If it looks to good to be true …

Recently I ran across a picture on the Internet of a little monkey laying its head lovingly on a white pigeon. It doesn’t sound like much, but I found it attractively touching and even sent it to a few close friends, which I try mightily not to do.

The expression on the monkey’s face is as benevolent and godlike as anything I can think of, and I need reminding of goodness hundreds of times a day, I figure. So the picture is part of my spiritual practice.

Of course it’s also unutterably cute, too, which I’ve come to appreciate. Little children in grownups’ clothes and big-eyed kittens don’t do it for me, but a monkey and a pigeon are irresistible.

I figured it would take a pigeon with nerves of steel to let a monkey, no matter how cute I think it is, lay his head on its back and not even turn around. The pigeon would have to know the monkey awfully well, and how likely is that? I had no idea.

Unless the pigeon was stuffed, which could easily be the case, that monkey cuddling a live pigeon still seemed a most improbable event. Maybe the white pigeon is a dove. That’s a little better—a monkey cuddling a dove. Monkeys have cuddled up to a number of soft things in laboratory settings, especially warm, soft things with a heartbeat. In a laboratory setting I might do the same.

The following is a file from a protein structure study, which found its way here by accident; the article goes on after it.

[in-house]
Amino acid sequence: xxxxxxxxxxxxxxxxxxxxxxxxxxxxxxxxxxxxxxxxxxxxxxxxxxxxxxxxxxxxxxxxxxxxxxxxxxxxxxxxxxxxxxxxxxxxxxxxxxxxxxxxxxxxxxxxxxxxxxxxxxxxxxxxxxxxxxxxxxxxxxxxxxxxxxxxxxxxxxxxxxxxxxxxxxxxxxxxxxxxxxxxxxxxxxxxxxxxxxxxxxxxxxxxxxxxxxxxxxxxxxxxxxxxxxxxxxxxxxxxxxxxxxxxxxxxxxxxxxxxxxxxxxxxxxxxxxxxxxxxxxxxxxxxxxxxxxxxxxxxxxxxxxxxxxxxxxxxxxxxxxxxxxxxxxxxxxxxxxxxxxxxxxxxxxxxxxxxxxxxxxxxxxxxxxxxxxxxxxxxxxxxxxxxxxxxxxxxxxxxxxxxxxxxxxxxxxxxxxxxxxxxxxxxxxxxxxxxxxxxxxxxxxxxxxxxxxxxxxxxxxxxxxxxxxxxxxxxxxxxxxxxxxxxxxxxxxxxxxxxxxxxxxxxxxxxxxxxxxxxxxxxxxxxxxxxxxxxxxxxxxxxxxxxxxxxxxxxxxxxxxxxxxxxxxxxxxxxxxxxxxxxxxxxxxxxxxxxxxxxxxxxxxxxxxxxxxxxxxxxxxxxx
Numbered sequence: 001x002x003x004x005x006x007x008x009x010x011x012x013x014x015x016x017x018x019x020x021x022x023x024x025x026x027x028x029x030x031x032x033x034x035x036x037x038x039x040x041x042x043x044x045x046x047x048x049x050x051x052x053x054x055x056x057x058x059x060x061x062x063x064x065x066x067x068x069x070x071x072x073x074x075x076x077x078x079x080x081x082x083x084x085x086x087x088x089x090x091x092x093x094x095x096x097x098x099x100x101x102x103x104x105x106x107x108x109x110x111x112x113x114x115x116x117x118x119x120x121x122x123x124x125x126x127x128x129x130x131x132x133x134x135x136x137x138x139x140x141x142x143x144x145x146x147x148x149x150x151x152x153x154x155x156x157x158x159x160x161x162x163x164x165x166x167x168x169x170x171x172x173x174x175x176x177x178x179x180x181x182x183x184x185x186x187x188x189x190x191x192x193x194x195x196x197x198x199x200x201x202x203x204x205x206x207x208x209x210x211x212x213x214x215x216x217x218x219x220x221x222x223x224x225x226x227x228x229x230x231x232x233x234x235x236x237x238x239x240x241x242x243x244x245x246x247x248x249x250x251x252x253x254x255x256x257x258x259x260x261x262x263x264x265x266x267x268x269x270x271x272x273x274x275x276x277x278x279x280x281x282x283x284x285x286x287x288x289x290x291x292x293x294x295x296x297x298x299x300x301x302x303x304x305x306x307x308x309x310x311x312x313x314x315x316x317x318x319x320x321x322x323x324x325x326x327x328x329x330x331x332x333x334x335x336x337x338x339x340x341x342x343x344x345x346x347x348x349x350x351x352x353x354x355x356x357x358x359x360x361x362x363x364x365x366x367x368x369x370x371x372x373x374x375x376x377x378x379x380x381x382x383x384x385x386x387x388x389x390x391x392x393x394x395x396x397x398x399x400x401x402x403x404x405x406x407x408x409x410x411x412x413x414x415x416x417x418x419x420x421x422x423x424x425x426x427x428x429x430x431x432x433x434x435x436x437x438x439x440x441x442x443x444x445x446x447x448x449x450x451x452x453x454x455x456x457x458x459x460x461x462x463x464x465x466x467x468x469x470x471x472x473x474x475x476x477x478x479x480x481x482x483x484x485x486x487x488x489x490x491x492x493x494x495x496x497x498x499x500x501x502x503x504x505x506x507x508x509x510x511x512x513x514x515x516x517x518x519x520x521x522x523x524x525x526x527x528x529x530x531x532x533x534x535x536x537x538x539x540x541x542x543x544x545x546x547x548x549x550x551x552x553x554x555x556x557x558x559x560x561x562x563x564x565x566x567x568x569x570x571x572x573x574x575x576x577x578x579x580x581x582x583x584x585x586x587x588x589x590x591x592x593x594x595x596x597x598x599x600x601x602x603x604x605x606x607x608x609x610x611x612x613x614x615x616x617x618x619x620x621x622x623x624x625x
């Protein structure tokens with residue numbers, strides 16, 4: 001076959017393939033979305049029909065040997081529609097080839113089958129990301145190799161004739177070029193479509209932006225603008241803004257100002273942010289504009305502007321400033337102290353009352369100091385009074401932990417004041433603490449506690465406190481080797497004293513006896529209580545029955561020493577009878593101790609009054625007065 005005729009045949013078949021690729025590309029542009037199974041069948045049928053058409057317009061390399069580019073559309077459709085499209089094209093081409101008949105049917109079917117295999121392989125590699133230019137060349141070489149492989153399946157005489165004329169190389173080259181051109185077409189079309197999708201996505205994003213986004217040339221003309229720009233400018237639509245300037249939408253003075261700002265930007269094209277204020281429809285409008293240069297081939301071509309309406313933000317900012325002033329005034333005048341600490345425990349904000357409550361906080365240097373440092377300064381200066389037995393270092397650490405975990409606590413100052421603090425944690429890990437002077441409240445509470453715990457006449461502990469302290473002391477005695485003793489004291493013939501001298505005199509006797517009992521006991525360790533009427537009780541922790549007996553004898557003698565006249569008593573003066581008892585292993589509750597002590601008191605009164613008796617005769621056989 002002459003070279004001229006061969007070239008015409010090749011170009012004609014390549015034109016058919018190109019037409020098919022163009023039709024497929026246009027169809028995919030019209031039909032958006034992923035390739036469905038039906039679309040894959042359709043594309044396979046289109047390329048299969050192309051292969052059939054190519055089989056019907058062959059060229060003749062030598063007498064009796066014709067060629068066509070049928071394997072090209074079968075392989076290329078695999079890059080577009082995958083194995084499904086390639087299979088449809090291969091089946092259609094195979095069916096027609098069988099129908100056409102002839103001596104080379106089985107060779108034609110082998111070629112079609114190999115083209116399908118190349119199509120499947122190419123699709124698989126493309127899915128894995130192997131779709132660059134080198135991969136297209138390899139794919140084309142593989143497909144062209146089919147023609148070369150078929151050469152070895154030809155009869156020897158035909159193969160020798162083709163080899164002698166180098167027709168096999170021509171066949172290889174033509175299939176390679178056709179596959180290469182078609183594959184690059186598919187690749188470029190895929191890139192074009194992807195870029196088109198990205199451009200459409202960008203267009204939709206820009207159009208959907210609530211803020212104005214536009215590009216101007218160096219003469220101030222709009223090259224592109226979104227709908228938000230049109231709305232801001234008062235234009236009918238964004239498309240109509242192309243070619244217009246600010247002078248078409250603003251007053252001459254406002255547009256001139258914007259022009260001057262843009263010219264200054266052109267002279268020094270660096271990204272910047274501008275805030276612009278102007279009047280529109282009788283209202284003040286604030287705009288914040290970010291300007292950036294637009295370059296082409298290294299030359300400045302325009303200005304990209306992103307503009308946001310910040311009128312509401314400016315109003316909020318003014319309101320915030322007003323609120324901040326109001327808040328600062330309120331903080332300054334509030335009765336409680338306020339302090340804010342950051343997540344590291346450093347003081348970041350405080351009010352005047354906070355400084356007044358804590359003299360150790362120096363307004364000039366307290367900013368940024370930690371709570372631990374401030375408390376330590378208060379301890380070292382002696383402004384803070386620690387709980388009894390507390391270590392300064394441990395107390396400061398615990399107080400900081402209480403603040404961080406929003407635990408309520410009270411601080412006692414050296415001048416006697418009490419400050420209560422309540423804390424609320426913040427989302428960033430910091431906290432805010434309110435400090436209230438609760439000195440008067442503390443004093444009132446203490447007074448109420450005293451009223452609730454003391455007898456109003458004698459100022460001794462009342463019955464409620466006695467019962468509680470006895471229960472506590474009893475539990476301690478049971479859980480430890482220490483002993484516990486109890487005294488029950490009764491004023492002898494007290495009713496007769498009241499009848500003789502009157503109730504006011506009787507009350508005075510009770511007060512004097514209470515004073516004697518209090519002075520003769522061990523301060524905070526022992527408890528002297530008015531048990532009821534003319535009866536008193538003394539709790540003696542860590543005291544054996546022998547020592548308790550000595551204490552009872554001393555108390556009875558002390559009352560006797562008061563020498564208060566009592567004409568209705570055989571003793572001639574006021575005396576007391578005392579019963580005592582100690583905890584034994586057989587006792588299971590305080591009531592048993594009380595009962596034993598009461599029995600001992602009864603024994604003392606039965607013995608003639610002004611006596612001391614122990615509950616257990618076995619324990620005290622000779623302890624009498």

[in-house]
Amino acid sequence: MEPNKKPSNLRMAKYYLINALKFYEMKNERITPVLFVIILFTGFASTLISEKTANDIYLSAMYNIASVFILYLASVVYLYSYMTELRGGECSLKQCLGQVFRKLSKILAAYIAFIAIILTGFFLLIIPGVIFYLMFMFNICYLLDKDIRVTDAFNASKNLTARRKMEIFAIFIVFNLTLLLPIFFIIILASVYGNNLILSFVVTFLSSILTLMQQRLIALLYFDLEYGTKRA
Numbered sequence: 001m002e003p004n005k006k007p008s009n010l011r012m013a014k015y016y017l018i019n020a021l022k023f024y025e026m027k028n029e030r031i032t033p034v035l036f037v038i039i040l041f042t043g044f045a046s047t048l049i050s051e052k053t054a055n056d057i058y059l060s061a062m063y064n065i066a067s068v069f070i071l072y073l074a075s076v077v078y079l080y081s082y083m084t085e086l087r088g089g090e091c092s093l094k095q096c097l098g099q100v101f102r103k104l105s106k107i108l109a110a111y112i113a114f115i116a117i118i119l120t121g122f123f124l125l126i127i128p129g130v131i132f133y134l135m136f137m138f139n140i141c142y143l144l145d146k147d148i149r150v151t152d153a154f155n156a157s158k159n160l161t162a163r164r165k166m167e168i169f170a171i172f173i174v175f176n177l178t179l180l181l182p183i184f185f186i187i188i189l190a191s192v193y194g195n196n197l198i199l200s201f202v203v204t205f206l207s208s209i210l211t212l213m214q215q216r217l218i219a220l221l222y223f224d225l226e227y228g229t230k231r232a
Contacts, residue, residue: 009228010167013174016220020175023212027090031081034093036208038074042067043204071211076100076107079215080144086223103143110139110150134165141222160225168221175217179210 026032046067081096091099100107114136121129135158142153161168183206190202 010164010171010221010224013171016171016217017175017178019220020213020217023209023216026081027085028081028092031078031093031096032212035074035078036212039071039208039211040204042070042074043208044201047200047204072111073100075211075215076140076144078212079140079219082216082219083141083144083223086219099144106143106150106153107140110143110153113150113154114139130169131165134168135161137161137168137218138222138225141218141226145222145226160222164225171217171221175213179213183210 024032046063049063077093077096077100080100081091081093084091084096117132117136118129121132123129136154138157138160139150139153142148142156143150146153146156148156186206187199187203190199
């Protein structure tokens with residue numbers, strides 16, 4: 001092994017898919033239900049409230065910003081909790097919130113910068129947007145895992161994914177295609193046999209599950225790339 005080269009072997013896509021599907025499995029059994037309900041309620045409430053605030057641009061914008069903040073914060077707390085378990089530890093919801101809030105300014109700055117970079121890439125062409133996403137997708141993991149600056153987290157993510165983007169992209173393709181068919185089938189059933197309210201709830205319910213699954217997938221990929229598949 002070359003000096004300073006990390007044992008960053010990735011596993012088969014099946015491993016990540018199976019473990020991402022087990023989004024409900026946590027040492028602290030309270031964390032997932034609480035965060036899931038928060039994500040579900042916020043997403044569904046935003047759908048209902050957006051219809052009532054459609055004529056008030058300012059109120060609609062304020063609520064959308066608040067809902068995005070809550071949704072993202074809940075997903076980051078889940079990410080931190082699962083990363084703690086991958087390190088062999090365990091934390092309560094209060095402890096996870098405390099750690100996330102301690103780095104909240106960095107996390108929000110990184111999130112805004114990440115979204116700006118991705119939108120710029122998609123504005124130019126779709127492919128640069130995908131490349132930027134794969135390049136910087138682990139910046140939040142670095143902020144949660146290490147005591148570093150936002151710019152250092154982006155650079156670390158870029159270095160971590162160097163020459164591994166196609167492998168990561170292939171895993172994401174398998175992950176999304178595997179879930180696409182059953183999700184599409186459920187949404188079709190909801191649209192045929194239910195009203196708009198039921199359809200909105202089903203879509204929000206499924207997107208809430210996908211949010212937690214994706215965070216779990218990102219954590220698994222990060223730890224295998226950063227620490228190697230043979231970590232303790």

Eventually I figured the whole setup was probably straight out of Photoshop, which would explain why the monkey and the dove look so real. They are real, and each was no doubt photographed separately and then seamlessly melded into an image of a dove calmly accepting a monkey on its back, something no pigeon of my acquaintance would even consider. Maybe doves aren’t so nervous as pigeons.

When I first saw the picture, I thought, “Awww.” You would too. At first I imagined that the monkey and the pigeon had sensed their shared beingness and their communion was proof of the oneness of all that is, or words to that effect. Then I decided that the pigeon was stuffed, until I decided—based on the voluminous evidence I had made up—that the whole thing was done in Photoshop just to make me go “Awwww.” The Photoshop explanation seemed the most reasonable.

I can easily imagine a monkey and a pigeon forging a bond and taking comfort in each other, like people. I also imagine that that kind of thing doesn’t happen much because animals tend not to be fearful and insecure. Imagine that.

At least once, though, on an island off the coast of Guandong Province in south China, a monkey loved a pigeon, and somebody took that picture. I read it on the Internet, so it must be true.